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3-Day: Hills, History & Ancient Water

    A clockwise swirl, this mini tour includes many of the highlights of the others, but with that added attraction of huge crystal clear, spring fed pool --in the middle of a desert.
    As always, the early bird gets the worm and we'll depart Terlingua after breakfast to travel the few miles to the Barton Warnock Environmental Center, the eastern office of the Big Bend Ranch State Park. Beyond the bookstore and 2.5 acre desert garden, the Center boasts one of the most complete and sophisticated interpretive displays on the natural history and cultural attractions of the region. The Desert Garden has considerable information on the local plants used by early inhabitants for food, shelter and medicine (in case we all get separated at some point). The Center provides a great knowledge base for the rest of your trip.
    A mile away to the west we pass by the formerly old settlement of Lajitas, after which the road immediately squeezes in next to the river, narrowing, twisting and turning, climbing and descending, always presenting a new vista at each. Labeled one of the "Most Scenic Drives in North America" by National Geographic, it parallels Colorado Canyon, where the river's forces (and dynamite) have provided the only passage. Continuing on a bit is the old movie set Contrabando, featured in a number of famous movies (some even good). Though damaged by flooding in 2008, the empty saloon, mission church and haciendas still echo with the Hollywood history that so easily comes to mind. A few miles further west is the exceedingly steep La Cuesta or Big Hill --be glad you're not on a bicycle.
    Since we've already paid for entry into the State Park, the short hike into the narrow slot of Closed Canyon is definitely warranted. A scoured canyon no wider than the creek that did so, it's a humbling thought to ponder the violence evident here when the water flows. We can't make it the whole way without rappelling, but the outlet does form an interesting rapid where it empties into the Rio Grande (see River Trips). Leaving the State Park, the terrain softens and becomes agriculturally centered as we pass through the settlement of Redford.
    Just outside of Presidio, we'll visit the Fort Leaton State Historical Park. Started in 1848 by an Indian bounty hunter, the massive adobe fortress served as a trading post for an area that is considered the oldest continuously cultivated land in North America. Also the scene of tortured tales and family feuding, the interpretive displays in the nearly acre, labyrinth structure contrast with the peaceful atmosphere of the two short desert nature trails. Presidio is the US-side town of, La Junta de los Rios- The Junction of the River, as this is where the Rio Conchos enters and reinvigorates the Rio Grande, giving rise also to the sister city on the Mexican side of Ojinaga. Known meteorologically as the "hottest town in Texas" (most literally), we'll not spend a great amount of time before heading up out of the river valley and north to Shafter. This is where a band of geologic interruption intrudes and led to surface silver being found in the 1850's in the foothills of the Chinati Mountains and mined to the degree to form a complete company town. Now a ghost town after reaching more than 2000 people, later lead was extracted for the war effort during WWII, but groundwater problems closed company operations shortly thereafter. A handful of resident folks there keep a pulse alive and tend to some of the remaining buildings and cemetery, always outlasting the succession of periodic industrial interest in reopening the diggings. The graveyard (with an extensively documented photo collection in the adjacent pavilion) is a visual and spiritual testament to those that lived, loved, and struggled in the area, and now reside here in perpetuity.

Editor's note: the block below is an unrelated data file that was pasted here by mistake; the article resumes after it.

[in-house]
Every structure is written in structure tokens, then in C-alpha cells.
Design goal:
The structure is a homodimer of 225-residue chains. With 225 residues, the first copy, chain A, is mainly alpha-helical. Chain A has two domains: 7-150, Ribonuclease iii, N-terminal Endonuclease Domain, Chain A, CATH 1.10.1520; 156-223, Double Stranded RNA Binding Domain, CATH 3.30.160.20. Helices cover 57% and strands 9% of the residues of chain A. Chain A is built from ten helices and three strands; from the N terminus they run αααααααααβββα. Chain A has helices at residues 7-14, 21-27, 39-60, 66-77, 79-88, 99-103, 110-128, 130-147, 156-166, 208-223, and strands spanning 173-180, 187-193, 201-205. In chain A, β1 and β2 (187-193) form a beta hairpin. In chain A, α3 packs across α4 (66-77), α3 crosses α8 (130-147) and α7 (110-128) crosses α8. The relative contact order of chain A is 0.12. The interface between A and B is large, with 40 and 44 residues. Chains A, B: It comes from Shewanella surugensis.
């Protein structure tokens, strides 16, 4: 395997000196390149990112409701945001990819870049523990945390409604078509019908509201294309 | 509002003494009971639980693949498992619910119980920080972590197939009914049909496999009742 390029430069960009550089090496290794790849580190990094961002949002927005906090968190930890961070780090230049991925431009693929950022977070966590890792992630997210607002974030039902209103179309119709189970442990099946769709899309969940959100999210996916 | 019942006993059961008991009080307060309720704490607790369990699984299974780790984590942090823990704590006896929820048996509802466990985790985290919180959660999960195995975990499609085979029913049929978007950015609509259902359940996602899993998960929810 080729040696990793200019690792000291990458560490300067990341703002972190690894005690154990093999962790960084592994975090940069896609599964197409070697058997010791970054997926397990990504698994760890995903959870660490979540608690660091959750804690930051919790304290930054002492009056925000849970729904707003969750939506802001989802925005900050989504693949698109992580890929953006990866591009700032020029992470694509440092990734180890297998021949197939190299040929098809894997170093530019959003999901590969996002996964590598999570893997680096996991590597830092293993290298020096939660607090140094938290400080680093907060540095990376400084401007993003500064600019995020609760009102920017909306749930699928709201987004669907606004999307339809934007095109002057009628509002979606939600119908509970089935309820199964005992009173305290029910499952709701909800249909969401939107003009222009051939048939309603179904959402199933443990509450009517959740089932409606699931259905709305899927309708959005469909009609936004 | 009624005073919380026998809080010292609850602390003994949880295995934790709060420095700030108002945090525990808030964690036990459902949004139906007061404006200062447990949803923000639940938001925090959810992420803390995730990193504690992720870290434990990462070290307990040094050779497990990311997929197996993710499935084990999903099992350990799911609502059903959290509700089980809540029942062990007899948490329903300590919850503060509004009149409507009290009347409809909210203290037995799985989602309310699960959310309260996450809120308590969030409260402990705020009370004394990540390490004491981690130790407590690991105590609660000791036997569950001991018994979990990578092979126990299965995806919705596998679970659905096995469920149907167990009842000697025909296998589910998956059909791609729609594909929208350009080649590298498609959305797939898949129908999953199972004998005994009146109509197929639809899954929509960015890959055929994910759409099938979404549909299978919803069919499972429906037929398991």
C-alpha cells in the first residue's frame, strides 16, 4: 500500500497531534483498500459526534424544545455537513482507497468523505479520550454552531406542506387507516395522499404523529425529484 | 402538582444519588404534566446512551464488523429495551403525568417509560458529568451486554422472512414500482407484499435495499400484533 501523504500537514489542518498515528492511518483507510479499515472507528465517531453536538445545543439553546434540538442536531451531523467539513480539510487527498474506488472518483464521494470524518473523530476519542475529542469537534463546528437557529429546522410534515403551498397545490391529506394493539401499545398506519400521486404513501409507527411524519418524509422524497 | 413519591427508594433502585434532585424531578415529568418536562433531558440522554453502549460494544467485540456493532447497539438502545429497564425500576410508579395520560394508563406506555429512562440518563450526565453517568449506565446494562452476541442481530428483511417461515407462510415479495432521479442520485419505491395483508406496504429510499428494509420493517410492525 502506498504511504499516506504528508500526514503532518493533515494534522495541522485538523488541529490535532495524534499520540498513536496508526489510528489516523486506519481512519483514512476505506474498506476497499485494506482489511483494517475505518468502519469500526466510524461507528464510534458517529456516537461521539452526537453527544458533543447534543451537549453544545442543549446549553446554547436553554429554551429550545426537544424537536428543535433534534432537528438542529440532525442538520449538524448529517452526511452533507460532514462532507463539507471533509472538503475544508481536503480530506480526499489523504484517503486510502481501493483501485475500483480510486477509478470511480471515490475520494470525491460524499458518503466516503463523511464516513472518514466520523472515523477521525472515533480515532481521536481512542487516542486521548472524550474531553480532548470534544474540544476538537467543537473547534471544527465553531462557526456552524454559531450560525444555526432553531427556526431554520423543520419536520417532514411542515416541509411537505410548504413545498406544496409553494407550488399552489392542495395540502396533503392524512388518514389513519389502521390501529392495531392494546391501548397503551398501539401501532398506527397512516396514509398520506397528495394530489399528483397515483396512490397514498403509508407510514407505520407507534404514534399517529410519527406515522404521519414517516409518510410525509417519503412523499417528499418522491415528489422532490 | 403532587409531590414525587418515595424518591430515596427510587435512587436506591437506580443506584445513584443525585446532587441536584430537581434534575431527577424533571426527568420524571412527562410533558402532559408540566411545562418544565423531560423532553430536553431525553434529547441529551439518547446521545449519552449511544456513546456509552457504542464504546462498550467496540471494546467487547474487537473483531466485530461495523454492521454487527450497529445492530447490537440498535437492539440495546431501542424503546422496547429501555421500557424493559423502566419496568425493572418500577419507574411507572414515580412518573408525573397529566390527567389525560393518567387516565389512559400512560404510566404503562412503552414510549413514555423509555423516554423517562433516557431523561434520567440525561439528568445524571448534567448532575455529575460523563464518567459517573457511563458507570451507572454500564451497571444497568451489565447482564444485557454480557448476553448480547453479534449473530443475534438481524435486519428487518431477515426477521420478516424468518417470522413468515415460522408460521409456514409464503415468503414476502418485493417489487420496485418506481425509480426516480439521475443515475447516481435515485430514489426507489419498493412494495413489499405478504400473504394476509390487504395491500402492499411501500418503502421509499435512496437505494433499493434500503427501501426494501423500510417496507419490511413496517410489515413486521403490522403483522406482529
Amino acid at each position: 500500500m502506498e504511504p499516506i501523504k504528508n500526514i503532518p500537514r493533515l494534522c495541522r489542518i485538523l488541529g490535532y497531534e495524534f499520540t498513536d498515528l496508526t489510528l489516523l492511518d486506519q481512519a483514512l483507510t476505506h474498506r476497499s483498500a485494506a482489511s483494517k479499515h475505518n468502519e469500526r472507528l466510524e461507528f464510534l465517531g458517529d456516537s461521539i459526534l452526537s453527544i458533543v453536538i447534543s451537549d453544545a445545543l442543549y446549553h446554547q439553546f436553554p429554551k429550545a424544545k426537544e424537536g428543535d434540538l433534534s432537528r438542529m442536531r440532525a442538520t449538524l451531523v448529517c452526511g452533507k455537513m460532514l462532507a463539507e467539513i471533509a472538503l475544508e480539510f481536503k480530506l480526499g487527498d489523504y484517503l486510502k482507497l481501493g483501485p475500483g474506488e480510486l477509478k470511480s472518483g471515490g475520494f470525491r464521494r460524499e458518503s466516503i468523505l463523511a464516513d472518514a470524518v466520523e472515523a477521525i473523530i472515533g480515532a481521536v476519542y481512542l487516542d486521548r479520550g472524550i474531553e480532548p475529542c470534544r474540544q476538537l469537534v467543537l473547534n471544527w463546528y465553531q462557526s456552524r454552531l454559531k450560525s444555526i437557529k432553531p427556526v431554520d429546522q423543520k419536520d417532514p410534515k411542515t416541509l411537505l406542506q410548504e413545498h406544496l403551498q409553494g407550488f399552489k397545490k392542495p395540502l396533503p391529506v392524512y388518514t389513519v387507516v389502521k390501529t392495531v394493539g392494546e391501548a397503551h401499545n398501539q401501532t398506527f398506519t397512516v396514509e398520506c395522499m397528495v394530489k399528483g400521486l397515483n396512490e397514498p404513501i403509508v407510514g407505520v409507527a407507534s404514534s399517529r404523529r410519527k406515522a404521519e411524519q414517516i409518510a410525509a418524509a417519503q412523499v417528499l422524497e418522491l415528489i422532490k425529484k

Northward now, the road leads to the Presidio county seat of Marfa, first established as a water stop for steam locomotives in 1881, and our locale of evening repose. The town's ambitions were immediately visible with the construction of a majestic stone and brick courthouse in attempts to eclipse the political ascendancy of the larger nearby rival Alpine. Built for $60K, we'll need to wander through and peek from the cupola to fully appreciate the $2.2 million restoration of 2001. It so captured the famous minimalist sculptor Donald Judd, that he forsake New York and purchased portions of the adjacent former army Fort D. A. Russell, where two painstakingly restored former artillery sheds house parts of his permanent collection. The renaissance brought about by the internationally acclaimed artist and the cultural nonprofit foundations which followed him have also attracted a score of quality art galleries. They exhibit predominantly contemporary talent, both regional and faraway, in media including painting, photography, ceramics, and sculpture/installation art. It's certainly a contrasting emphasis from the prevailing ranching atmosphere, though reassuringly, far too far from anywhere to be overtly pretentious. Those wishing to concentrate on the art offerings here as well as tour the grounds of Mr. Judd's legacy the Chinati Foundation, will want to schedule an additional day to take it all in. The town and surroundings have also featured in a number of Academy Award winning movies, from the 1950's "Giant", to more recent "No Country for Old Men" and "There Will Be Blood". It was famed too from the beginning, for the "Marfa Mystery Ghost Lights" frequently sighted just east. This phenomena has defied definitive explanation (you'll have to wait to learn of all the theories) with balls of light appearing the horizon, moving in directions and at speeds that provoke animated conjecture but not explanation. Even the skeptic has gone away in wonder. We'll go try our luck after dinner when darkness falls . . . after dinner of course.